HL Deb 03 August 1875 vol 226 cc436-8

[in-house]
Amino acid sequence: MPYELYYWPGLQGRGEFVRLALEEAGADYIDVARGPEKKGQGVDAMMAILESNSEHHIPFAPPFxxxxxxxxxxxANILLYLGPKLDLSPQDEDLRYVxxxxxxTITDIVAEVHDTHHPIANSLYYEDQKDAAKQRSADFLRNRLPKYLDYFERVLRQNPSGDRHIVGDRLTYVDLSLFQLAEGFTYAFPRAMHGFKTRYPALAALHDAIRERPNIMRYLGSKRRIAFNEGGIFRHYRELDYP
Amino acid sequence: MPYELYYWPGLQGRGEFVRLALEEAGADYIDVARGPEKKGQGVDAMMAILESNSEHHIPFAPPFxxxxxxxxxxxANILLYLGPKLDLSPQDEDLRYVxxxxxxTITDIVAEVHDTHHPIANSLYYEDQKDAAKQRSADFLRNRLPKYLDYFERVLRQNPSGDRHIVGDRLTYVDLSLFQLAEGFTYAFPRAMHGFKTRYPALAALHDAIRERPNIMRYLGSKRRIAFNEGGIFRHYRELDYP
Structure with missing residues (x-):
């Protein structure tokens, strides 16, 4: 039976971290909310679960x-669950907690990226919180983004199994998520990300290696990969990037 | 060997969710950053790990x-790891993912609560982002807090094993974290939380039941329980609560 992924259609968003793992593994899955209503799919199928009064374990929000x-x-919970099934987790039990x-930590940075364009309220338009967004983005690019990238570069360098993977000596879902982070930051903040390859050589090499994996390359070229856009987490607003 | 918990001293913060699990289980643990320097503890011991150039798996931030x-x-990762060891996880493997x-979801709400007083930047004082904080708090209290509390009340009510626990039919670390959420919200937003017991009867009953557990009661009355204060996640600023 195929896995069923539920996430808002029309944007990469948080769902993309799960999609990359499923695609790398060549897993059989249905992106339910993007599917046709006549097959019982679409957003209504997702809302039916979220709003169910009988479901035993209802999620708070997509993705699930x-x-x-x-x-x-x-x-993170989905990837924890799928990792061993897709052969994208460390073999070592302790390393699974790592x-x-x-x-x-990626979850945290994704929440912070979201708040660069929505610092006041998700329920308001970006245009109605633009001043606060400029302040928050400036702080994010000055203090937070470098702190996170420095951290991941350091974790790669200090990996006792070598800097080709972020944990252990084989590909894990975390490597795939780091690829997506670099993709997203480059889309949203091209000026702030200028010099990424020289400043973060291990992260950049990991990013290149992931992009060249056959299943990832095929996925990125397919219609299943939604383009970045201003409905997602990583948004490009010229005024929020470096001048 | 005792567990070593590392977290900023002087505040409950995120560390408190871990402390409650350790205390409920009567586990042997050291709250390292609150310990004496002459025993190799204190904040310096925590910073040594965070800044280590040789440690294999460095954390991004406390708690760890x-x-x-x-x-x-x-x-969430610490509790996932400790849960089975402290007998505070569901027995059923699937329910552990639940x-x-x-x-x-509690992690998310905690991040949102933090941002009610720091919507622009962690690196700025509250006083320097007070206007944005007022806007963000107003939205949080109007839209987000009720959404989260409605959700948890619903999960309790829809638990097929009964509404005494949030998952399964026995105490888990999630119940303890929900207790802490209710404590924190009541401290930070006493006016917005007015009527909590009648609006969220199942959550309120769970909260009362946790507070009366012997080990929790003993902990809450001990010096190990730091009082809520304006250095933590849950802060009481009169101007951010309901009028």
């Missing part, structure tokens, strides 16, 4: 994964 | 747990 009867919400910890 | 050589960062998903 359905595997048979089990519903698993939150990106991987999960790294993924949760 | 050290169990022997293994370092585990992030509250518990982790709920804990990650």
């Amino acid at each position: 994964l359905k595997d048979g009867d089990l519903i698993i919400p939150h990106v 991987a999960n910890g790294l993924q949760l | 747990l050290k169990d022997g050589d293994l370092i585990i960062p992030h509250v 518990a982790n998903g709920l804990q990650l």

rose to call the attention of the House to the position of certain parts of Her Majesty's Possessions on the West Coast of Africa. The noble Earl said: I had intended, considering the interest which has been felt for some time in the affairs of the Gold Coast, to have made a full statement to the House before the close of the Session with regard to the general progress of the West African Settlements; but, looking to the period of the Session at which we have now arrived and to one or two other circumstances, I do not think this would be necessary at the present moment. At the same time, I may go so far as to say that affairs on the Gold Coast are in a very satisfactory state. Notwithstanding the fact that the climate has always been, and always will be, a permanent cause of difficulty, the political and financial condition of those Settlements has certainly not stood still. The trade has increased—increased, I may say, beyond my expectations. The revenue has greatly enlarged itself. When Sir Garnet Wolseley was there he estimated the revenue of the Gold Coast at £50,000 a-year. In 1873 it was £65,000, and last year—1874—it had reached £74,000. The revenue of Lagos, in 1873, amounted to £30,000; last year it amounted to £39,300. So flourishing, in a financial sense, has that Colony become, that it has been in my power to repay the Treasury a loan of £10,000, which had been advanced at a time of greater difficulty than the present. Besides that, in the country itself the process of pacification has gone on steadily. The Ordinances for the abolition of the slave trade work smoothly and well. Advantage has been taken of them in various parts of the country; and the opportunity of emancipation, if desired, is within the knowledge and reach of every slave throughout the country. The main difficulty which does exist is one which has existed for some time past—the conflict of jurisdictions, so to speak, along the West Coast of Africa. As the House is well aware, the French have stations along that coast, and these stations are intermixed with ours. The result of this, very often, is considerable difficulty in the political administration, and very great loss in all our fiscal arrangements. I frankly say that I hope the time may come, and come before long, when this anomalous state of things may be removed, and some arrangement may be come to with the French Government, by which, on fair and even terms, an interchange may be made which will enable us to carry out that process of development and improvement which has already been so largely effected. I am not sorry to have this opportunity of saying two words on a matter which has created some interest. I allude to the excitement in "another place" arising from the telegram in a French paper to the effect that negotiations for an exchange of territory not only had been on foot, but were concluded. The telegram was wholly inaccurate. Negotiations have been and are on foot; but these negotiations are very far from having come to a conclusion. I will frankly say it is my wish, and my hope, that before any definite conclusion is arrived at. Parliament may have a full and ample opportunity of expressing its opinion on the subject. If there be any apprehension on this subject, I can readily give an assurance to your Lordships that nothing final or conclusive shall be done in the matter till the meeting of Parliament next year. I can only add further that it must not be supposed that the proposal which is now before the two Governments for negotiations is a proposal identical with that which formed the subject of negotiations in former years. In most of its leading features it is distinct, and it rests upon new and wholly different grounds. As regards the interests of a mere handful—for a mere handful it is—of British subjects in the colony of Gambia, I can only hope, whenever the time comes, that those interests will receive every consideration which Her Majesty's Government can possibly give to them. They are, strictly speaking, a mere handful, for I believe the English population there does not amount to more than 20 souls; but, at the same time, whether they be many or few, it is the duty of Her Majesty's Government to see that they are protected. In saying these few words my desire has been to remove any misapprehension, if such there should be, on the subject which, I think, is one of considerable importance.